By James Steindler
The regular county commissioner board meeting on Oct. 4 began with a couple of public comments from “citizens not on the agenda.” One of whom was Dave Hillbrand with White River Trail Runners ATV/UTV Club. Hillbrand requested that the commissioners hold a meeting regarding the use of off-highway-vehicles (OHVs) on the Buford Road, outside of New Castle and leading to the Flat Tops Wilderness Area, which does not currently permit OHV traffic.
Commissioner Tom Jankovsky informed Hillbrand that they would have to involve the U.S. Forest Service before making a decision. Commissioner Mike Samson mentioned that he has had conversations with White River Forest Service Supervisor Scott Fitzwilliams on the subject, who allegedly expressed reservations due to liability concerns.
“The three of us don’t have a problem with that,” said Samson. “The problem is the Forest Service saying, ‘We don’t want to open it up to that.’” Jankovsky recommended having Congresswoman Lauren Boebert’s staff present, which Samson agreed would be a good idea.
“The Forest Service is very cautious,” said Chairman John Martin, “and I think they need to loosen up a little bit.” Samson agreed to set up the meeting and start by getting in touch with Boebert’s Grand Junction-based regional director Hogan Peterson and “then try and pull in the Forest Service.” Samson added that it would be a public meeting and would likely be held in Glenwood Springs.
Letters to the state
Jankovsky and county staff completed a proposed redistricting map for the Colorado State Senate, along with a persuasive letter to the Colorado Congressional Redistricting Commission. “We put Gunnison, Delta, East Mesa, Garfield, Rio Blanco and Moffat County in District 5,” explained Jankovky. “This is a district that has natural resources and agriculture as their major drivers.”
The proposal suggests that Routt, Jackson, Grand, Clear Creek, Summit, Lake, Pitkin and Eagle counties should make up District 8. Jankovsky described these counties as “more mountain resort communities that rely on tourism.”
Jankovky said that the proposal would meet the population numbers necessary for each district, with 164,327 in what’s suggested to be District 5 and 162,902 in District 8.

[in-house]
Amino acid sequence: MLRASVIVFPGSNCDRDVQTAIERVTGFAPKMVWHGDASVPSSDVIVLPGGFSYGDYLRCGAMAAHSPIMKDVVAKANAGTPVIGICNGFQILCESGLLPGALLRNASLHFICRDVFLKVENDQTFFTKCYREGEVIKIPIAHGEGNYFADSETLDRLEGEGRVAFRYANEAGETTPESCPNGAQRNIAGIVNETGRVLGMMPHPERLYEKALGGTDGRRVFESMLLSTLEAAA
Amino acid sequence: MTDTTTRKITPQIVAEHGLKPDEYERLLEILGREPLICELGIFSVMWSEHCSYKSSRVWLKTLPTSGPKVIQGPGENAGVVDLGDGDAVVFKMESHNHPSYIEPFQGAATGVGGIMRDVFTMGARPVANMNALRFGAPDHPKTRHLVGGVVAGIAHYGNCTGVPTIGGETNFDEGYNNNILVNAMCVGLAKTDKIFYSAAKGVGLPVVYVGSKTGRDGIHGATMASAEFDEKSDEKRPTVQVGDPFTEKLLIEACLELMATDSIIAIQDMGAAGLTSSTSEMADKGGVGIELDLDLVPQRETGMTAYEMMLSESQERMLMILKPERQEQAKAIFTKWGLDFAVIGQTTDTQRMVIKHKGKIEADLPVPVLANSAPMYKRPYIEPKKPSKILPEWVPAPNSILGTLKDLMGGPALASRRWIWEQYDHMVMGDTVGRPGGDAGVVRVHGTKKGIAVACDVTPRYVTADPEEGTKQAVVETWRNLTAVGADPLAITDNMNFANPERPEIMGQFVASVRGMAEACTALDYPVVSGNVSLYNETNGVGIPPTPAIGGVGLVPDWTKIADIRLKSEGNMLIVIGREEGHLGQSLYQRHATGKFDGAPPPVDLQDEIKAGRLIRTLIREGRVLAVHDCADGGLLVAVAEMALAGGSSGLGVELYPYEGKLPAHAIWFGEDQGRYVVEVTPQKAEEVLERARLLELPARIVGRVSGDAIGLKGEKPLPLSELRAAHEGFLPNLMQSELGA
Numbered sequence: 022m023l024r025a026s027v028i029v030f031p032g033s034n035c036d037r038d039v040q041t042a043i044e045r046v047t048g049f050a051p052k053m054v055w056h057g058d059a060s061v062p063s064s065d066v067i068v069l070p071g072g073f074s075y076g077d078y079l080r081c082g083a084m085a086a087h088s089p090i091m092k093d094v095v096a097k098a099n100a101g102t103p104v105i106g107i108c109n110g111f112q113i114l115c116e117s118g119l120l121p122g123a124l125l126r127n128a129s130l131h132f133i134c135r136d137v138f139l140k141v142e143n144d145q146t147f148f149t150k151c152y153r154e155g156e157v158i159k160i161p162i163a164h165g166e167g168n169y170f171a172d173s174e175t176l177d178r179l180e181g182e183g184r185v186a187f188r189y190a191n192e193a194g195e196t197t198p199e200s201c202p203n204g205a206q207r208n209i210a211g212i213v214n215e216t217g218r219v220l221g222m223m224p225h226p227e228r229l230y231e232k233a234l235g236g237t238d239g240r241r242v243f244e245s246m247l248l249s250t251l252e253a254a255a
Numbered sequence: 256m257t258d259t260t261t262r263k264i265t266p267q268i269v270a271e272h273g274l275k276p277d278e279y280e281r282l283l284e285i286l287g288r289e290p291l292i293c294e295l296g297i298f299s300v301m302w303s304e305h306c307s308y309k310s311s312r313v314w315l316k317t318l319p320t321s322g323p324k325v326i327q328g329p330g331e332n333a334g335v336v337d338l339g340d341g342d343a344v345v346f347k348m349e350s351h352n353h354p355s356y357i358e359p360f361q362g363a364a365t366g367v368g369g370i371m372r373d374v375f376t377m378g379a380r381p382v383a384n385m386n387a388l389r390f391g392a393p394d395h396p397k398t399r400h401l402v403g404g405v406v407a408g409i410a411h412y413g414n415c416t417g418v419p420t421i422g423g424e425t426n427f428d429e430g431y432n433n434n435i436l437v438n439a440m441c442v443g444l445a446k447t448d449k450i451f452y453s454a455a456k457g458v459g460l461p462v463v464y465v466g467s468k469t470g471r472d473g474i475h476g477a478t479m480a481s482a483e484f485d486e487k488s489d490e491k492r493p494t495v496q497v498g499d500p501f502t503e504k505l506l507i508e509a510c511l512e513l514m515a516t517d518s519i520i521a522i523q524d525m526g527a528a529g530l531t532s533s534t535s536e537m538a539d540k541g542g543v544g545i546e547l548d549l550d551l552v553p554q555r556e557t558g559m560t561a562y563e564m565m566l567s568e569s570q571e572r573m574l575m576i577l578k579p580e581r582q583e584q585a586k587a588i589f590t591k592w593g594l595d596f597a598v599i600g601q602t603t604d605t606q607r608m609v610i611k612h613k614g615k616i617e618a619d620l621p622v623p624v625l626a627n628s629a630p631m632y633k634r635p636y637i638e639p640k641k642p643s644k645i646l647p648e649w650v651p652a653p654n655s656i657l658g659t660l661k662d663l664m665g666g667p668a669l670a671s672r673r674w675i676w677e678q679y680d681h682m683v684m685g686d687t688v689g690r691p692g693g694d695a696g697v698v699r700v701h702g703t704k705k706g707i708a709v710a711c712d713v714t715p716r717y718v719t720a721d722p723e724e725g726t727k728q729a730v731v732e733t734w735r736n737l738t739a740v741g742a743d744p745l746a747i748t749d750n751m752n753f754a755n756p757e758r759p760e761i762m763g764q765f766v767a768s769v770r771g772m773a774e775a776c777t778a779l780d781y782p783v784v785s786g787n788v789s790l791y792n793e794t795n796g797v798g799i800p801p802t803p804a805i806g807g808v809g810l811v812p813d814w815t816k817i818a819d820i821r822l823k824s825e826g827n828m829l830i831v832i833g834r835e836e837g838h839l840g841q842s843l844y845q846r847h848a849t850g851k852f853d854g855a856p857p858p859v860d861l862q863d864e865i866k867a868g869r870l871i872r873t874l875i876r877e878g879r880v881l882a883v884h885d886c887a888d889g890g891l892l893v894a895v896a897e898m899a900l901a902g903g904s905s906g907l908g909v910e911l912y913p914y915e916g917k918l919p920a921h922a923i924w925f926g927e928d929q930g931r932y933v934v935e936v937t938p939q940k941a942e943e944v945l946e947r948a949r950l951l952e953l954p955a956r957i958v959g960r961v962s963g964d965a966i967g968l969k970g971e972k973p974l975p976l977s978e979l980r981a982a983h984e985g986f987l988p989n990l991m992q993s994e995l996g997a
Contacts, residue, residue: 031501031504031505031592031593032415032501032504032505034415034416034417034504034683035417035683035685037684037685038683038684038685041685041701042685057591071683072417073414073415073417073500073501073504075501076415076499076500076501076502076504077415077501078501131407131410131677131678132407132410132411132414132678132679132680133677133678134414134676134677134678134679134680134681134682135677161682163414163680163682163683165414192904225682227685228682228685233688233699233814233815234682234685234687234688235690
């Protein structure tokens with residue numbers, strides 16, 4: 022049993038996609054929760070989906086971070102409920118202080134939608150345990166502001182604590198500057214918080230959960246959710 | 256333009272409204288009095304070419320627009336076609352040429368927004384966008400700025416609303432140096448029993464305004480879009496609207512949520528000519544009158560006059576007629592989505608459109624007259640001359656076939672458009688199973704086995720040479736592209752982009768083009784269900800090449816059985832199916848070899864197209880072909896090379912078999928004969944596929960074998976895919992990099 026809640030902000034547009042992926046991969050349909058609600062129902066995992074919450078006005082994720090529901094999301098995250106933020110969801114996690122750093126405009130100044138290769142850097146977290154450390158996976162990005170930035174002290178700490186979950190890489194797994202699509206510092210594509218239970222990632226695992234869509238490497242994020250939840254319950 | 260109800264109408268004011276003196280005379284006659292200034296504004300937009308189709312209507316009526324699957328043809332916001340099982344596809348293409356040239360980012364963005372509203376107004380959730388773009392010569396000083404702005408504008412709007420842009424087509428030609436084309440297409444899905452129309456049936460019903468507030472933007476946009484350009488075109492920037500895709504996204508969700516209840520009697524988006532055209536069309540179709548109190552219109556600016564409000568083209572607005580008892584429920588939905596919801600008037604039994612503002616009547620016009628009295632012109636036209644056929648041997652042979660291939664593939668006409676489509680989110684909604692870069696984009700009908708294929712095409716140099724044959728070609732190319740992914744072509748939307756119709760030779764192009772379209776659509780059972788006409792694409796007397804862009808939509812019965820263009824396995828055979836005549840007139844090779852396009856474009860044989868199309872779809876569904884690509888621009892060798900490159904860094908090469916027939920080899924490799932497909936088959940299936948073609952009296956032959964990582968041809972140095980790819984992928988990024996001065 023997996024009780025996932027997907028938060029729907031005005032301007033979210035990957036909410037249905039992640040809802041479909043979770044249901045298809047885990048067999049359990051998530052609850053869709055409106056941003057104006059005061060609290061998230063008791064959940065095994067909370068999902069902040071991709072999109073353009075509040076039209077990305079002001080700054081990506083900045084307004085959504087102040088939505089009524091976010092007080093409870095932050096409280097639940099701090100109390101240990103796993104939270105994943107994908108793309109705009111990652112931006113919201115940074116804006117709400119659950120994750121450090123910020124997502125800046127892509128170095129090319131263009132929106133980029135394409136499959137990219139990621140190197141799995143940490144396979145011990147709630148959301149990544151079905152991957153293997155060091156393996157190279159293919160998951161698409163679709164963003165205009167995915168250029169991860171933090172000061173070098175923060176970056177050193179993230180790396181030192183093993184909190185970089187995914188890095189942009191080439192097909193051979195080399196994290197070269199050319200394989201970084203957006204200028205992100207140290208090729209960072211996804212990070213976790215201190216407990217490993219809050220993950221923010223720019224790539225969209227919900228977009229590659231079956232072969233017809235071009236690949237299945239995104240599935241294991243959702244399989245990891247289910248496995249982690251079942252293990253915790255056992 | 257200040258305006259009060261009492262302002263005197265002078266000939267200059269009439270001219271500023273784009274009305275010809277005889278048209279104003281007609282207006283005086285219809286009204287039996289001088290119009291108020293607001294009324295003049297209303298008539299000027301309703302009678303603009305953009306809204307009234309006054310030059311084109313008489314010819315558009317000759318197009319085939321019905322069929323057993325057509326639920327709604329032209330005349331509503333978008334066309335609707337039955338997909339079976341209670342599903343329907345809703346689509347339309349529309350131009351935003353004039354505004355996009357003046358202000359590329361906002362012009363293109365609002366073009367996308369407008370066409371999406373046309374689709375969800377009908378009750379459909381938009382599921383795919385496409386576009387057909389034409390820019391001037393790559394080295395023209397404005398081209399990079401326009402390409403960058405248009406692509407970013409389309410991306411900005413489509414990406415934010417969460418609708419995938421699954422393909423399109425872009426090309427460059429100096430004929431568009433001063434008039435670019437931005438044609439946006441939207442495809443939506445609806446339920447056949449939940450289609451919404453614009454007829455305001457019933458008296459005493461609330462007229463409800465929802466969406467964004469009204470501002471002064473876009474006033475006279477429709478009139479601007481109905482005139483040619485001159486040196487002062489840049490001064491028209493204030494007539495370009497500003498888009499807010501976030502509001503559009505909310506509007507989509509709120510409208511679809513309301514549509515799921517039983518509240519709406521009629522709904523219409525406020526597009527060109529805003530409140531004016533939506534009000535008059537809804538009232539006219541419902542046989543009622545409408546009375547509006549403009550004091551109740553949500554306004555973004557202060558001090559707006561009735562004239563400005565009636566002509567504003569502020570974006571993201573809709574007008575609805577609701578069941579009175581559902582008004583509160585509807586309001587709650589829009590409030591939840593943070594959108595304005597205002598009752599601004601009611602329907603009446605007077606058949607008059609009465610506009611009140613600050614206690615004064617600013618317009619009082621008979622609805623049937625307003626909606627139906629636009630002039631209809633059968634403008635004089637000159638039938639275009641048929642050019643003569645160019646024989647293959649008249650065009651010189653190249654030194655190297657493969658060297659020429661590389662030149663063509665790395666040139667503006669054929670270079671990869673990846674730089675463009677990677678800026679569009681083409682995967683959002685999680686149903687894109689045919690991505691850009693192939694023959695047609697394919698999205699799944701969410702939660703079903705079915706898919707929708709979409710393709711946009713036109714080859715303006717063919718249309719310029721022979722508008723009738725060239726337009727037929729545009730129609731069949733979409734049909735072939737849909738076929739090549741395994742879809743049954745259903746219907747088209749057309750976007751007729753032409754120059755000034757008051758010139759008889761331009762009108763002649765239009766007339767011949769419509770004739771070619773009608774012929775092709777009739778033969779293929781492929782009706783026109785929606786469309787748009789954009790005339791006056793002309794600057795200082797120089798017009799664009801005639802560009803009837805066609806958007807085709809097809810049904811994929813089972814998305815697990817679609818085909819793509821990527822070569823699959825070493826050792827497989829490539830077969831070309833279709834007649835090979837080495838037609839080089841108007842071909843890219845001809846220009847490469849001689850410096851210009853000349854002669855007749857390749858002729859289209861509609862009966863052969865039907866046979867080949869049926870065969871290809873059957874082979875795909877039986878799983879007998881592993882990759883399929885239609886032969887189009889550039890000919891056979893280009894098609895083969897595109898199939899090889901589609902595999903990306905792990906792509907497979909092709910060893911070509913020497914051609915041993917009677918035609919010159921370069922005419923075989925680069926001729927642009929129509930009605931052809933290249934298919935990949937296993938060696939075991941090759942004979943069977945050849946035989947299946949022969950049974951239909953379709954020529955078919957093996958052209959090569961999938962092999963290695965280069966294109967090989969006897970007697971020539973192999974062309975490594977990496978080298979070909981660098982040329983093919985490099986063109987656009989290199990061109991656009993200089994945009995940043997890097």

The problem with the state’s second staff redistricting plan, as the commissioner sees it, is that it splits up Garfield County. The county “is split in two with the majority of our population, about 55,000, in District 5 and the other 6,000 or so people in District 8,” he stated.
The commissioners agreed to submit the letter drafted by Jankovsky, along with the proposed map, to the state redistricting commission.
Following the redistricting discussion, the commissioners agreed to send a separate letter, on behalf of the Western and Rural Local Government Coalition, to the state’s Air Quality Control Commission in support of the recent Greenhouse Gas Upstream Intensity Program presented on Sept. 17 by the Air Quality Control Division.
The letter reads, “We believe the Division’s Upstream Intensity Program proposal, as currently drafted by regulators with input from the regulated community, is the right way to incent and compel industry to further improve its operational practices to reduce emissions while allowing individual operators to continue thriving in the 15 eastern and western Colorado counties and eight municipalities we represent…”
“I’d just like to say, this has always been the direction we’ve taken through all of our oil and gas hearings,” said Jankovky. “There are differences between the West Slope and East Slope and oil versus natural gas production, so this just follows the same line of thought.”
“I didn’t hear that, or see that, in either news media, that we supported the commission at all,” joked Martin. “We’re always being barbequed for questioning the commission.”
“Well we’ll be barbequed for this letter too,” added Jankovsky. The commissioners unanimously agreed to send the letter.
Next on the agenda
At 1 p.m. on Oct. 11, the commissioners are scheduled to address the eagle buffer zone along the Roaring Fork River in Aspen Glen, following their site visit to the area on Sept. 29.
Aspen Glen resident Sibel Tekce wrote to The Sopris Sun expressing her support for keeping the eagle buffer zone in place. Sibel argues that the “current nest is now located in an area without open space making it impossible for them to hunt, forage or roost in close proximity to it. Consequently, they still return to their ancestral hunting and foraging grounds, making the retention of the eagle/wildlife buffer zone imperative for their survival.”
The public meeting will be held at the Garfield County Administration Building in Glenwood Springs; there is also the option to appear via Zoom.